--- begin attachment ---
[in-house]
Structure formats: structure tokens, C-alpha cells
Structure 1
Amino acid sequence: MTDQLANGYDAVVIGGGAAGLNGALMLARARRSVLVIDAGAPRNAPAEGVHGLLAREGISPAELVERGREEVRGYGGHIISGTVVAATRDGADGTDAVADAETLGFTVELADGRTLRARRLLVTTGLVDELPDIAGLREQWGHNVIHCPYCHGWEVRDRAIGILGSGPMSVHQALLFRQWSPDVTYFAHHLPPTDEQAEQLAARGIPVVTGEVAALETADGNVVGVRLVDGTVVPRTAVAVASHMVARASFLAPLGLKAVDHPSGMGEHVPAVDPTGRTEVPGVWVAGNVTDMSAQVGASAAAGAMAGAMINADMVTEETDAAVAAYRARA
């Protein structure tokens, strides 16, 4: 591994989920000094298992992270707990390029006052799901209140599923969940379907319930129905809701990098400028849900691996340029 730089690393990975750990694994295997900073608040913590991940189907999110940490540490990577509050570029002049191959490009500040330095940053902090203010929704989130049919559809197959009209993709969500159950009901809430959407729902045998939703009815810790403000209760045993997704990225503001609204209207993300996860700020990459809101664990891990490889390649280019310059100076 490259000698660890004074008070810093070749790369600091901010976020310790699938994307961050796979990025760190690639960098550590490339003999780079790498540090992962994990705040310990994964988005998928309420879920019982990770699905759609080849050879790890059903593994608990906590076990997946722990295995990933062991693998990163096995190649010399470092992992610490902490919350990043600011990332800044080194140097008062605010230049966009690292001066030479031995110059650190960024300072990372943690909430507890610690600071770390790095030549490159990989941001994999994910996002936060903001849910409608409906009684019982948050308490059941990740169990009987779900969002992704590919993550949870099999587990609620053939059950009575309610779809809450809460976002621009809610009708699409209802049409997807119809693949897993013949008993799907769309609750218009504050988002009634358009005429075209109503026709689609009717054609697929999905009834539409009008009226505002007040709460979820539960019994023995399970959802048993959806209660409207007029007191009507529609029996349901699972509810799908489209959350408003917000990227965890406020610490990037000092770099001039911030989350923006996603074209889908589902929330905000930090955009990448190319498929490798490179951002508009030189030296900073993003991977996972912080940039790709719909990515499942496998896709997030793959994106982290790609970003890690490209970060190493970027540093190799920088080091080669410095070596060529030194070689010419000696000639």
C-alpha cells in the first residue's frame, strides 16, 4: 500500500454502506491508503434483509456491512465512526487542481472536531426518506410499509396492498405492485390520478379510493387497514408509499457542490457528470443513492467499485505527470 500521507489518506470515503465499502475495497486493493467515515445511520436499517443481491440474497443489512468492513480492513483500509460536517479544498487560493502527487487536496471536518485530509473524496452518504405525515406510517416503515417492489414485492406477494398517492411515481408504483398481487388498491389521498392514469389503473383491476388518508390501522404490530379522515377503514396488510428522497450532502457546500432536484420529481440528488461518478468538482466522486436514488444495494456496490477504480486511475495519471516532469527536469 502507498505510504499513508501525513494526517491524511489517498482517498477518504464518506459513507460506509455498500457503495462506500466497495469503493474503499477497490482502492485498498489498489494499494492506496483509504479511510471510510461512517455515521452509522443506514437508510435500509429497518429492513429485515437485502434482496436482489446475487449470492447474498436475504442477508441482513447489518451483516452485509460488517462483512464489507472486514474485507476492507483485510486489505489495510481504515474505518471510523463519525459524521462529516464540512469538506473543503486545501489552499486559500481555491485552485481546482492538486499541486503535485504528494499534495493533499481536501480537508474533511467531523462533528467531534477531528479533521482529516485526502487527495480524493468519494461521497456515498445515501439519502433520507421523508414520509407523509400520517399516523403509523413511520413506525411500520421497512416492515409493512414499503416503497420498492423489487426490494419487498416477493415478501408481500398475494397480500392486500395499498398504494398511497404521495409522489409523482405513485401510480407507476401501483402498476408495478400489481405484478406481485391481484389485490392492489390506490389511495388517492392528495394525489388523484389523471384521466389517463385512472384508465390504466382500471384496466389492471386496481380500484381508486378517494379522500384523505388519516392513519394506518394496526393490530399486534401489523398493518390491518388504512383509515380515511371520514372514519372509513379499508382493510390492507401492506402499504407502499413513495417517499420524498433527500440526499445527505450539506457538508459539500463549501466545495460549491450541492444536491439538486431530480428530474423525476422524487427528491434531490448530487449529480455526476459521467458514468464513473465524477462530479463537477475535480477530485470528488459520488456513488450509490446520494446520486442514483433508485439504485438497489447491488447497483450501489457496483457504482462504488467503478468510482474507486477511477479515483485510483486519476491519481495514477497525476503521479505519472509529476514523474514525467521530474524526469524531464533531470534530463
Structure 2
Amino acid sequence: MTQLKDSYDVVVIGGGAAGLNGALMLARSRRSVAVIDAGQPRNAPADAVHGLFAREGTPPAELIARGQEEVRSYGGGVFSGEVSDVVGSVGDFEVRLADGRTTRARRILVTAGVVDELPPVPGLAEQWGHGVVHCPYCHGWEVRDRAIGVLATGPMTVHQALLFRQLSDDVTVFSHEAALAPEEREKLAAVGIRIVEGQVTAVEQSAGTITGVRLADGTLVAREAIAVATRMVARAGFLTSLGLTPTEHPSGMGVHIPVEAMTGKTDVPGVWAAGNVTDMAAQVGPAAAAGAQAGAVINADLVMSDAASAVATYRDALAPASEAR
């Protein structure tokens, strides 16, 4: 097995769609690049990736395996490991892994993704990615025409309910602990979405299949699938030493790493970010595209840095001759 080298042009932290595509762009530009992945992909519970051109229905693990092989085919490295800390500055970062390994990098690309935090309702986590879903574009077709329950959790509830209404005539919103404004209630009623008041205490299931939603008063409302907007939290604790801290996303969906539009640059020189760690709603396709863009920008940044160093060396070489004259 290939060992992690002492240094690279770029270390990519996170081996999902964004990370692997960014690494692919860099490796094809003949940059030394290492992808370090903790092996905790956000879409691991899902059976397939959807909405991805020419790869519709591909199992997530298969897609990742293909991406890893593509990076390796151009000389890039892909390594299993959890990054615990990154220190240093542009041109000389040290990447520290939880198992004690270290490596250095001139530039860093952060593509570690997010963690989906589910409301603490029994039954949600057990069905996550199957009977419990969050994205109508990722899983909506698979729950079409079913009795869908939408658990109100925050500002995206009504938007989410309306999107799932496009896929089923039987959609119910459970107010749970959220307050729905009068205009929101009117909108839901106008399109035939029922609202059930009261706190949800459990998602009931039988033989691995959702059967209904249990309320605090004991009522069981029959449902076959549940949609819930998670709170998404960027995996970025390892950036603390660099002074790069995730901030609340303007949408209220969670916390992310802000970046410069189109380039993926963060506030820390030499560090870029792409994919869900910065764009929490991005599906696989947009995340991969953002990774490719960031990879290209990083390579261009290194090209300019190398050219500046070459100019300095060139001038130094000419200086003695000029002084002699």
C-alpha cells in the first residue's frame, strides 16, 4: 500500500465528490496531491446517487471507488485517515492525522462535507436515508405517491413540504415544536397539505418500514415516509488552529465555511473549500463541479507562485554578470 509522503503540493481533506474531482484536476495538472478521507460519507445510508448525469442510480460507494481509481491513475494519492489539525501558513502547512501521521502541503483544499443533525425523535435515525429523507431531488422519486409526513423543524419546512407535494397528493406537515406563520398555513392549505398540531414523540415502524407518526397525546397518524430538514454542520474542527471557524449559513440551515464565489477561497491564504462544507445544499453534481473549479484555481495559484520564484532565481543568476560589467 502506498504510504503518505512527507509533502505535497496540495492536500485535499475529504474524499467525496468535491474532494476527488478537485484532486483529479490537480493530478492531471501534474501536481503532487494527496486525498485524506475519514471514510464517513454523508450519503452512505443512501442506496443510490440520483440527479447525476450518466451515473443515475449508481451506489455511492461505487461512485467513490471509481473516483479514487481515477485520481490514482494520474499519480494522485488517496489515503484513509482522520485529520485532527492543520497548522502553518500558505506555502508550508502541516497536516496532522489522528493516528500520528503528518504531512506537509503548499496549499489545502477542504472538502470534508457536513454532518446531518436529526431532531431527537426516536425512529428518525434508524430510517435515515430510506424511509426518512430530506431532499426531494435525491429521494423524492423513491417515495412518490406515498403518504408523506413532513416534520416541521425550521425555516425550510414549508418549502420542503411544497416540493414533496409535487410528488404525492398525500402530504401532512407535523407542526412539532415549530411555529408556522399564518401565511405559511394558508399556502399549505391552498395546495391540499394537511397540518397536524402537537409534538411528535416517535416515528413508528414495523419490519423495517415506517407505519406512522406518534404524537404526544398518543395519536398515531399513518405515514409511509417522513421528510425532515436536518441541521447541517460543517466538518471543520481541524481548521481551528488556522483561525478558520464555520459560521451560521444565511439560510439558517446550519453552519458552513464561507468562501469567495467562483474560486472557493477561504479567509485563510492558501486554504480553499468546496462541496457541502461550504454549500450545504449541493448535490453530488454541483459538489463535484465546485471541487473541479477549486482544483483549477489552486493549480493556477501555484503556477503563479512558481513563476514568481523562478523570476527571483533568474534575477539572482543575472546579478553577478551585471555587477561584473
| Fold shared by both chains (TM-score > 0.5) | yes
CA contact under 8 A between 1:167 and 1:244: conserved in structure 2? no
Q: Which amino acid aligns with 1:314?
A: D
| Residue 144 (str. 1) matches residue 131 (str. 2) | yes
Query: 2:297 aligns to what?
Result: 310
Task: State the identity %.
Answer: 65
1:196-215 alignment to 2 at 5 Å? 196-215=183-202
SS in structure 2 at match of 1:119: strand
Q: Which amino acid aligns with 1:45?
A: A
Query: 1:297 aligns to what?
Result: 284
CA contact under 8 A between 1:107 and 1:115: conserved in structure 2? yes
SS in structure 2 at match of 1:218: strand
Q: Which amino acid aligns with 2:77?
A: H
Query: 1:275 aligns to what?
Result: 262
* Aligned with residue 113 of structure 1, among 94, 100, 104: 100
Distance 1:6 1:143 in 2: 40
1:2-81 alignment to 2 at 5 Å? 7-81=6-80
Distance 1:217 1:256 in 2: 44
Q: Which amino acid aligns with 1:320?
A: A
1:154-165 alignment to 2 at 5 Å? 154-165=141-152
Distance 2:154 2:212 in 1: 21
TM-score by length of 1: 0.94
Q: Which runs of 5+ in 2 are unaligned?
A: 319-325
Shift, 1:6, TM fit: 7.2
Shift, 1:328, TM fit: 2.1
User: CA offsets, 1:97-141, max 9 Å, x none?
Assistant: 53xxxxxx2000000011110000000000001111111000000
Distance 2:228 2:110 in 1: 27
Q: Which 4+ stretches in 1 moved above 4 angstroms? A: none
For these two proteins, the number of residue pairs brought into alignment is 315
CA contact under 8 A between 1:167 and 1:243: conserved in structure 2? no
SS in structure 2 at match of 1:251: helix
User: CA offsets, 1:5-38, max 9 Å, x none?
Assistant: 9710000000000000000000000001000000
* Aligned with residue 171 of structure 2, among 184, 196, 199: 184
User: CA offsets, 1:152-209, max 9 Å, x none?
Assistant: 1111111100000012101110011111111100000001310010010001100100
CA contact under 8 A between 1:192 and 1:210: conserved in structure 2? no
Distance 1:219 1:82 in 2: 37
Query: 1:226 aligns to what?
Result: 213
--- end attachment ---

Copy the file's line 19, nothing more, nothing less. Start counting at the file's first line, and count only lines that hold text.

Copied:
Answer: 65